Sculpture, art, music.
The 2018 festival was a celebration of rural NZ


The Kimbolton Sculpture Festival, April 28, 2018 was witness to what can come out of the shed. Congratulations to the winners. It was truly humbling to see the talent, the imagination and the ingenuity.


Artist Entries

The New Zealand Rural Sculpture Awards is a chance to explore what can be done with recycled stuff you might find down the back paddock or in the shed of any dinkum kiwi farm. In 2018 there were 110 entries.




Stall Holders Registration

We hosted more than 50 stallholders in 2018. They all added something special to our rural arts and sculpture festival experience.



Sculpture & Art

The Kimbolton Sculpture Festival ... some folk didn't hear of it in time to be there. Well they missed a great day - 

Thigh slapping music, back country food, rides, ponies, madcap games and the chance to have a go.

Not something you'd wanna miss again .... especially the sculpture. Hear tell some people needed a ute to take home what they bought.

Read More →


What's at stake?

A lot of people have a stake in the Kimbolton Sculpture Festival.

An organising trust is working with local community groups, schools, businesses, sponsors and local government.

We hope it will tempt you to turn off the telly and make something. You're invited to take a bit of a punt, risk something, have a go. It's supposed to be fun.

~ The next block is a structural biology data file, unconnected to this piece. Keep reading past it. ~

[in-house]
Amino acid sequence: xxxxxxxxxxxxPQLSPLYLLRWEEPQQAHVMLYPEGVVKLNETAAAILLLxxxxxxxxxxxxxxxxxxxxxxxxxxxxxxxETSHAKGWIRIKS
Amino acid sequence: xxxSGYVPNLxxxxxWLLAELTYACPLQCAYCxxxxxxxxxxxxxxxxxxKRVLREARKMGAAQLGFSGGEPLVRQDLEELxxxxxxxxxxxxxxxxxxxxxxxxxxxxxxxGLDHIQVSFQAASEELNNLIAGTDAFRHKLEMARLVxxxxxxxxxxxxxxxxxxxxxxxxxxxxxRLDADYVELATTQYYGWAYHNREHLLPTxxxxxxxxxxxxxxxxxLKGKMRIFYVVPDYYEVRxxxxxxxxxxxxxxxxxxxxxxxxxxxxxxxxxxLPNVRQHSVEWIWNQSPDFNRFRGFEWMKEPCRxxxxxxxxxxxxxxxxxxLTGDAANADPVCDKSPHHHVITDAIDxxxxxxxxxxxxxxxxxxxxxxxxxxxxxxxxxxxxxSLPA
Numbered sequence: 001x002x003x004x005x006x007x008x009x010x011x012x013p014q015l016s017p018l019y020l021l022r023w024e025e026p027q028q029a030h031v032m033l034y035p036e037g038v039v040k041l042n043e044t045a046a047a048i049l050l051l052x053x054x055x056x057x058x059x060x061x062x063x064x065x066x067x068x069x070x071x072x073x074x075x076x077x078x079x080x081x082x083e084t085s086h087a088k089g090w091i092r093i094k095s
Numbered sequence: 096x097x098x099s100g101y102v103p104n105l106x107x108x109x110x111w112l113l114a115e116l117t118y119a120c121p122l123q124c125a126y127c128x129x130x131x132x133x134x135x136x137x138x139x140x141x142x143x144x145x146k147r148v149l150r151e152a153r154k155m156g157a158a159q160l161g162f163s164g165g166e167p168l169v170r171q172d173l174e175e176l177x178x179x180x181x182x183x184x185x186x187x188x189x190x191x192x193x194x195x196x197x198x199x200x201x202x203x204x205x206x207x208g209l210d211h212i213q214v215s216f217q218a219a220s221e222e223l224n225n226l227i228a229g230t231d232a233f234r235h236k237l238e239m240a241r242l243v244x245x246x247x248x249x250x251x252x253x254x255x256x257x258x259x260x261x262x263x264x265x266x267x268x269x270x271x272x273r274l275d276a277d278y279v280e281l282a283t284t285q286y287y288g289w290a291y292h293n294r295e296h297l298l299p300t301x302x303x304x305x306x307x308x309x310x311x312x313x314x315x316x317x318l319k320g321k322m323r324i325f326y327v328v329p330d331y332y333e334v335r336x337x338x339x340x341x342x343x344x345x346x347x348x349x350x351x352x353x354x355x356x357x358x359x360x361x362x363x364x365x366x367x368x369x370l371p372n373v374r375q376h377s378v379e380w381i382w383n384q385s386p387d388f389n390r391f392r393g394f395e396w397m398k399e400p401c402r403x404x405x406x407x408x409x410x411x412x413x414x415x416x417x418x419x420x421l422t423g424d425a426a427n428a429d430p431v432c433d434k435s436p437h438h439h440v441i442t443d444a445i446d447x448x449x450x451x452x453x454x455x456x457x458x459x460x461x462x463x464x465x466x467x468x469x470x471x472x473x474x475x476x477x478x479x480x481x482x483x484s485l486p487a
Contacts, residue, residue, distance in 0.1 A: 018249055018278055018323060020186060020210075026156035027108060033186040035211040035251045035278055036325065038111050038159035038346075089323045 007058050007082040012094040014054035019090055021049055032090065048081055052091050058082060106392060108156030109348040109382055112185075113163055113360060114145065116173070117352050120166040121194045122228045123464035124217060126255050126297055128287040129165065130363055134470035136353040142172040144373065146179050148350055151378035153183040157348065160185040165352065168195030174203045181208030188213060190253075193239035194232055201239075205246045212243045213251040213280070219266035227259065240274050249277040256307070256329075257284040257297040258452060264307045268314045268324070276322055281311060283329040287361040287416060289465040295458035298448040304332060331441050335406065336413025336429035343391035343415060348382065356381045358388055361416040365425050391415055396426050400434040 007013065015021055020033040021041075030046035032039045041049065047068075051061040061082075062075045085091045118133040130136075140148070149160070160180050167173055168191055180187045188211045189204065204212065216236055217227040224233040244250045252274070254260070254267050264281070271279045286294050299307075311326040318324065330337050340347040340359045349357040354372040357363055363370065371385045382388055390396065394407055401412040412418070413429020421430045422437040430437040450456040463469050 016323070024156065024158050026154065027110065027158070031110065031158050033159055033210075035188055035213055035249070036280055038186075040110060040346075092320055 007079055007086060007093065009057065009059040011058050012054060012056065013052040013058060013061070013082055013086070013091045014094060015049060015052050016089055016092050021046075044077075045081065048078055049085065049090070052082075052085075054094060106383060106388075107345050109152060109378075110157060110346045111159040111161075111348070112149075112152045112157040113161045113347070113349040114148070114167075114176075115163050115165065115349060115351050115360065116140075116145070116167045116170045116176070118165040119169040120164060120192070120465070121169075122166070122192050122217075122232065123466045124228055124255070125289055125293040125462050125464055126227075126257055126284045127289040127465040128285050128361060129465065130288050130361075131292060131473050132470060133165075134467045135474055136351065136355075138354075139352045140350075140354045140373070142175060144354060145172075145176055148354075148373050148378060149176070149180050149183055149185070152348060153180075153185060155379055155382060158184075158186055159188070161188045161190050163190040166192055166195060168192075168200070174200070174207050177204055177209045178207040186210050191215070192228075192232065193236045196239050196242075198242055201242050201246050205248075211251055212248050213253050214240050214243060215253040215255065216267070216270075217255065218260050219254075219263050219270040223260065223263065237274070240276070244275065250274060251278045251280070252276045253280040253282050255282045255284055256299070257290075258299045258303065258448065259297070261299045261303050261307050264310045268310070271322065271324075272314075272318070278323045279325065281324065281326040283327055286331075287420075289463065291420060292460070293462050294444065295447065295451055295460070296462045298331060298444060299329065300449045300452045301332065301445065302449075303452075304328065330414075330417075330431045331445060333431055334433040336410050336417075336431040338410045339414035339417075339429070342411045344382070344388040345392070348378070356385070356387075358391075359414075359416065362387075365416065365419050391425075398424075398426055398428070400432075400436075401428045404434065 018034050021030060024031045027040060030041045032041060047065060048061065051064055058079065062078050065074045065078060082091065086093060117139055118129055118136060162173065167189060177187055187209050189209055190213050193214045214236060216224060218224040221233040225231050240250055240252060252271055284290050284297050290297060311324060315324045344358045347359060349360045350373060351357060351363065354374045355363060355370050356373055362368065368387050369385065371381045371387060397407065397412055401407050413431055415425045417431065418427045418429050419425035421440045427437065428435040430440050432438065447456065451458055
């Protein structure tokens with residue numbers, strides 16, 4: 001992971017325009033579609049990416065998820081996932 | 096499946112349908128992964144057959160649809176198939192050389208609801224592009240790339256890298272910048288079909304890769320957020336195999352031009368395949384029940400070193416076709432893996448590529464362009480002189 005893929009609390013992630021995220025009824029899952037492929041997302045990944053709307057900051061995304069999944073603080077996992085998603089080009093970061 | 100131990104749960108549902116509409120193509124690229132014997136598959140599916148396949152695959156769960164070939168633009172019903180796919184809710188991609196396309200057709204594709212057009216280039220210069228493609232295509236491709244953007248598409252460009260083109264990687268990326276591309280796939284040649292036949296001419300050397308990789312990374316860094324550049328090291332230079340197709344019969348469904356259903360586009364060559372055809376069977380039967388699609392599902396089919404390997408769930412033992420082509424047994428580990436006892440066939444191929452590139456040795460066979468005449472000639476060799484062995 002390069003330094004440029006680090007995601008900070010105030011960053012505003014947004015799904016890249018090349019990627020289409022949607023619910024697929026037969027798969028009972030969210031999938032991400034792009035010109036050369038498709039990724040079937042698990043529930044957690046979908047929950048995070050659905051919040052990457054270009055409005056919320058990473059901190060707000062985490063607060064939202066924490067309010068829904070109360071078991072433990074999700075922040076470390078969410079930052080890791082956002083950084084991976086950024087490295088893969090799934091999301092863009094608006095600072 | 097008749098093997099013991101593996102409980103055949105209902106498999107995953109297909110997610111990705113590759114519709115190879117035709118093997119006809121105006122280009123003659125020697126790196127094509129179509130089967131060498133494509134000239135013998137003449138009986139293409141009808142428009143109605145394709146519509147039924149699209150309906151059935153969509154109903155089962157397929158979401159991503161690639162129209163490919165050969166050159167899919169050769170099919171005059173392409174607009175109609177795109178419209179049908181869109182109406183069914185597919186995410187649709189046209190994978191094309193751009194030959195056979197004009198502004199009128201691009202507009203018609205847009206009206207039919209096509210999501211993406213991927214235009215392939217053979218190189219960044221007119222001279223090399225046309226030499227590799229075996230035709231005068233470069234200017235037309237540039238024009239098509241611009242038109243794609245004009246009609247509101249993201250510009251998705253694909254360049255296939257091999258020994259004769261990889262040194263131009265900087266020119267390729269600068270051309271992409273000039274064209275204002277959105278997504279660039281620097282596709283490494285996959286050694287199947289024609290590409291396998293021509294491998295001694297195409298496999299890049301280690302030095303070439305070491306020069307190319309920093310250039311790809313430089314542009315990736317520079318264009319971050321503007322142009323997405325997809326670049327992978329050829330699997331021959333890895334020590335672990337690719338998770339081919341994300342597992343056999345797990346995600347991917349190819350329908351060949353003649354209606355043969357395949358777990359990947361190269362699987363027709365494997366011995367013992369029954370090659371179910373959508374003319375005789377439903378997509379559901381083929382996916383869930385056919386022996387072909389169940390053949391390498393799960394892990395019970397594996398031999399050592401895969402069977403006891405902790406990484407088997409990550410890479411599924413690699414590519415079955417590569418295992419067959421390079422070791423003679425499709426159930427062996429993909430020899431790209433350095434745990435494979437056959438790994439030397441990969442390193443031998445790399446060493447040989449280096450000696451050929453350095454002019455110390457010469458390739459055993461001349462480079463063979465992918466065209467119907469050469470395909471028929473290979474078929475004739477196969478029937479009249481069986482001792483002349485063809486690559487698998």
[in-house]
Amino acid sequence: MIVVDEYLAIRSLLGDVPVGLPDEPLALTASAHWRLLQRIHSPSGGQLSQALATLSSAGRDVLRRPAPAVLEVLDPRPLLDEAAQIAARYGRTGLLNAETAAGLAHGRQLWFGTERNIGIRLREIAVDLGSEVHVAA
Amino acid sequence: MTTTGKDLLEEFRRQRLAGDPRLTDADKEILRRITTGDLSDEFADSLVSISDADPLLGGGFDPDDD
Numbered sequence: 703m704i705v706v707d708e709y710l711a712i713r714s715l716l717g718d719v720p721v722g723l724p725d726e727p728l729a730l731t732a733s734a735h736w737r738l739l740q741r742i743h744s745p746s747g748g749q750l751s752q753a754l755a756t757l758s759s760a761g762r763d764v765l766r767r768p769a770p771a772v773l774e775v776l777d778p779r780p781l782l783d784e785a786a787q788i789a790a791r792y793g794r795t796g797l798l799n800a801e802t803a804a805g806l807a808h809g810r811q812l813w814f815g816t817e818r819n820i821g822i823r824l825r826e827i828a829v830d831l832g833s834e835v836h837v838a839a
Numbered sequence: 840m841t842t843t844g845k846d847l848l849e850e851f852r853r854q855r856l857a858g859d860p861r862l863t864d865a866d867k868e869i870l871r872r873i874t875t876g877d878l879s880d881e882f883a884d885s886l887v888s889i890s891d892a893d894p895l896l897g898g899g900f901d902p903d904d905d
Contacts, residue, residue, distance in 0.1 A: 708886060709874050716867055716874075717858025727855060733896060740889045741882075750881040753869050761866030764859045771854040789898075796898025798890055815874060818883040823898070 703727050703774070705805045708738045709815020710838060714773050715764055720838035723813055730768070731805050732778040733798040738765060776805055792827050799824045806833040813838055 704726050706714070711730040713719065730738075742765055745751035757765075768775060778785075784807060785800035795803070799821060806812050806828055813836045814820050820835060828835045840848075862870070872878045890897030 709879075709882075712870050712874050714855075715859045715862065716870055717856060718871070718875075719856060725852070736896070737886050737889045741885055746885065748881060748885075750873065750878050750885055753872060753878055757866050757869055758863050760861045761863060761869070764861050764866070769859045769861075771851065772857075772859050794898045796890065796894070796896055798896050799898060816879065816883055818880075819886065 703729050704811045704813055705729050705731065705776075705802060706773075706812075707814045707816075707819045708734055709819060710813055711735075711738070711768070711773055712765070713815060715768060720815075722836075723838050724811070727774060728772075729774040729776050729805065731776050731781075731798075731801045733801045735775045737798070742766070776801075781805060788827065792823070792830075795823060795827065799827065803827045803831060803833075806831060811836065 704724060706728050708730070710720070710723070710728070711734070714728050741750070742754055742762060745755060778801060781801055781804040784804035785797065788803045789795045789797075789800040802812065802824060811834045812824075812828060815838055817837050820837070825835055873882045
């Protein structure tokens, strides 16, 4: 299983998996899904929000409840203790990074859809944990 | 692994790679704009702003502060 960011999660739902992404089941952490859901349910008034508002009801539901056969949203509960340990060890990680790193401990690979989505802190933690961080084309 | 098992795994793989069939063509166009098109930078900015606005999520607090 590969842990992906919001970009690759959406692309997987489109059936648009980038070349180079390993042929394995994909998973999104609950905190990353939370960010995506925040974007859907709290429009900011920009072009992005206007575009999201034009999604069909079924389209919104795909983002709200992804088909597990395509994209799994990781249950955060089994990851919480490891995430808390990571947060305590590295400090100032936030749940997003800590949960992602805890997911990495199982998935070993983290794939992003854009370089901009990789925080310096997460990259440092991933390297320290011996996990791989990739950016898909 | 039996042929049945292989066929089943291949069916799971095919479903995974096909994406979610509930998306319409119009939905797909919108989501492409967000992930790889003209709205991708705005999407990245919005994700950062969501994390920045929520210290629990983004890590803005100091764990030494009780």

Read More →


Rural New Zealand.
Tomorrow’s inspiration.

It’s about invoking the spirit of the land to create outstanding rural sculptures

It provides an opportunity for anyone to enter a non-acquisition National Farm Sculpture and Art Awards competition, with a total prize pool of $11,000, followed by the public display of their art.

It is the Wairua Whenua, the Spirit of the Land, that calls us home again and again.



About Kimbolton

Rural Art

Ours is a small town. There's just 250 of us in Kimbolton and 1500 in the wider district.

We love our place in the hills north of Feilding.

It's where low land farming stops and hill country sheep and beef farming begins.

It's home to artists, musicians, academics, and all sorts of practical types that make a community hum. There's a pub, self serve petrol bowser, cafe,  police house, fire station, working garage, a few churches, a town hall and a thriving school and preschool. 

It takes a while to get here and a blink to drive through, but our village on the crest of green hills and the people we call neighbours are the real deal.